S. Caterina alla Ruota (Book 6) (Map C2) (Day7) (View D6) (Rione Regola)
In this page:
In his detailed account of the parish churches Vasi groups in one
plate two minor churches near Palazzo Farnese. The view is taken from the green dot in the small 1748 map here below.
In the description below the plate Vasi made reference to: 1) S. Girolamo della Carità;
2) S. Caterina della Ruota; 3) Palazzo Mastrozzi; 4) Palazzo Cieco (blind).
The small map shows also: 5) S. Tommaso di Canterbury; 6) S. Maria di Monserrato; 7) S. Giovanni in Ayno; 8) Palazzo Ricci; 9) Casa di Pietro Paolo della Zecca.
The view can only cover the church of S. Girolamo della Carità (with the fine façade by Domenico Castelli) and Palazzo Mastrozzi. S. Caterina alla Ruota is in the little square one can guess on the left.
The chapel of the Spada family was thoroughly redesigned by Virgilio Spada a close friend of Borromini, whose influence on the final design is debated. Before the altar two angels by Antonio Giorgetti (a pupil of Bernini) hold a long marble cloth: one can get access to the chapel by pushing the wooden movable wings of one of the angels (for more baroque angels click here). The somewhat unusual statue of Bernardino Lorenzo Spada portrayed while sleeping is by Ercole Ferrata.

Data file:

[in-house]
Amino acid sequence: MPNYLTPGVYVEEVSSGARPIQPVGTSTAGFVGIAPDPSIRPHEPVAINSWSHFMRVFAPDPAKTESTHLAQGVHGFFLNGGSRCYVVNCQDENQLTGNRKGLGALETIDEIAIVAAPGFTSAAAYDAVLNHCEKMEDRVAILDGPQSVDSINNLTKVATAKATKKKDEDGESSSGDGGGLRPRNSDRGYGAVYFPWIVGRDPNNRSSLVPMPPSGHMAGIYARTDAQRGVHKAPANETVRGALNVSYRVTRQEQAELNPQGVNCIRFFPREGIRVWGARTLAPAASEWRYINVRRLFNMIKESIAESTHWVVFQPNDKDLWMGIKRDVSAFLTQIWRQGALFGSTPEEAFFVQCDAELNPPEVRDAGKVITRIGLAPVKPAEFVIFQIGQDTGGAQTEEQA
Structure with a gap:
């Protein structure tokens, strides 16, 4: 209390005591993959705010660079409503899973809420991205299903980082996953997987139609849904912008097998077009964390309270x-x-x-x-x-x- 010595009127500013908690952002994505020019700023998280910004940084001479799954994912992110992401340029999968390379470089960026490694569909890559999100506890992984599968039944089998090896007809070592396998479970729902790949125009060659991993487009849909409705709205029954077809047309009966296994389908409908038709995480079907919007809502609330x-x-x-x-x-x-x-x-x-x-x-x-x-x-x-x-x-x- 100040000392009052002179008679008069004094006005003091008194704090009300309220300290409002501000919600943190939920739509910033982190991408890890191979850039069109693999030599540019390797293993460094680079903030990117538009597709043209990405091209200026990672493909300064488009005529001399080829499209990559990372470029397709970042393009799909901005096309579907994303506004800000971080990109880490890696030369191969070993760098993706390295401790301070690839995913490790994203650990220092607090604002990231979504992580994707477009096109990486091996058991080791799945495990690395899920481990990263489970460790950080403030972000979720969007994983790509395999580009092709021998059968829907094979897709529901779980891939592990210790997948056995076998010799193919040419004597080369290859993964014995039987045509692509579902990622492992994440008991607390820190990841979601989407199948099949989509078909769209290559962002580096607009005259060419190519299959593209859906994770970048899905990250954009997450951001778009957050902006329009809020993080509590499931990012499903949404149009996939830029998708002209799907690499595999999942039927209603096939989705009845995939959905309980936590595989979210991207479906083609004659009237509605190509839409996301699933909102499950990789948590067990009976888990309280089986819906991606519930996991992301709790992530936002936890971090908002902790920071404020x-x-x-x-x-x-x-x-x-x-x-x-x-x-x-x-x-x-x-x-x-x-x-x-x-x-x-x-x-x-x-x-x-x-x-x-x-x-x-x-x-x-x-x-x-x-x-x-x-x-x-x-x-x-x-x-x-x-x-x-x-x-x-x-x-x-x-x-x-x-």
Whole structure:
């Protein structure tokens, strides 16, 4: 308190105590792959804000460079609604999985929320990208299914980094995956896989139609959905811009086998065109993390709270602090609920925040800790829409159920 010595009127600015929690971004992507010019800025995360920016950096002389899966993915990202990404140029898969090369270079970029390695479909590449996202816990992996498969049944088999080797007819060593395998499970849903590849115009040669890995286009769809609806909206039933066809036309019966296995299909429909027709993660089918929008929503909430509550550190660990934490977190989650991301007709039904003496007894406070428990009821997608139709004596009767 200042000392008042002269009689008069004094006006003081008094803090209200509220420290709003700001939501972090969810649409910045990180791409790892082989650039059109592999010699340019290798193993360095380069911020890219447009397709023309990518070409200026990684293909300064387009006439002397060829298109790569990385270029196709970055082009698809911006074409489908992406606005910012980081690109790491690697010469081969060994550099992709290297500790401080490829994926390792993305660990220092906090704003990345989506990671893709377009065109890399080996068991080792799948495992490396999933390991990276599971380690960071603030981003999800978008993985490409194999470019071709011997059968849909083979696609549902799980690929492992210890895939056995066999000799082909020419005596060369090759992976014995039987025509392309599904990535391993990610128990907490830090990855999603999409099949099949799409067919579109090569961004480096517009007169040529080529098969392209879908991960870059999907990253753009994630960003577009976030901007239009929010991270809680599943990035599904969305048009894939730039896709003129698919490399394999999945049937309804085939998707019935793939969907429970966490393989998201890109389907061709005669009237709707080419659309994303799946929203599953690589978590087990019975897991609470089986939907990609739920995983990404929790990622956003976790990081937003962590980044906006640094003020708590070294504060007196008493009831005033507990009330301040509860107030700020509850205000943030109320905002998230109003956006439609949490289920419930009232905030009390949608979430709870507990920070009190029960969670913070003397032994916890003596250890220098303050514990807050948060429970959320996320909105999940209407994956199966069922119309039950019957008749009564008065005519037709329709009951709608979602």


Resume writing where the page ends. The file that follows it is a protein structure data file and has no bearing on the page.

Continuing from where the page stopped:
The Sicilian architect Filippo Juvarra came to Rome in 1703 at the age of 25; in the nine years he spent in Rome he had only one opportunity to show his skills. The Antamoro were very wealthy, but definitely not a major Roman family. Their chapel was very small, but Juvarra, who had studied the masterpieces of both Borromini and Bernini, designed a unique and intriguing chapel. It is a pity that Juvarra had to leave Rome to express his talent. During his stay in Rome he published a book showing the finest coats of arms of the Popes.
The little church hosts a monument to Giuseppe Vasi built by his son Mariano. There is a reference to Palermo (Panormo) (he was born in Corleone, a town near Palermo) he is described as an architect, sculptor, painter and then his work as etcher is mentioned. Vasi was buried in S. Gregorio ai Quattro Capi. In the background of this page you can see Vasi's coat of arms. The very fine wooden ceiling of the church was moved here from Capella di S. Francesco d'Assisi when the latter was pulled down in 1883.
Opposite S. Caterina della Ruota there is the church of S. Tommaso (Thomas Becket) di Canterbury. A house with a church for the English pilgrims was built here in 1363. The buildings were modified and enlarged several times. The bell tower (which is clearly visible from Piazza Farnese) was built in 1685 and it clearly shows the influence of Borromini. In 1798 the church was occupied by the French troops and turned into a stable and later on it was damaged by a fire. It was almost entirely rebuilt in the XIXth century; the entrance to the church from Piazza S. Caterina della Ruota is a neo Romanic work of Pietro Camporese and it was completed in 1888 (click here for a list of national churches in Rome). The interior retains an XVIIIth century monument to Sir Thomas Dereham, a close friend of James III Stuart. The monument was designed in 1739 by Ferdinando Fuga. The two statues representing Religion and Faithfulness are a fine work by Filippo della Valle.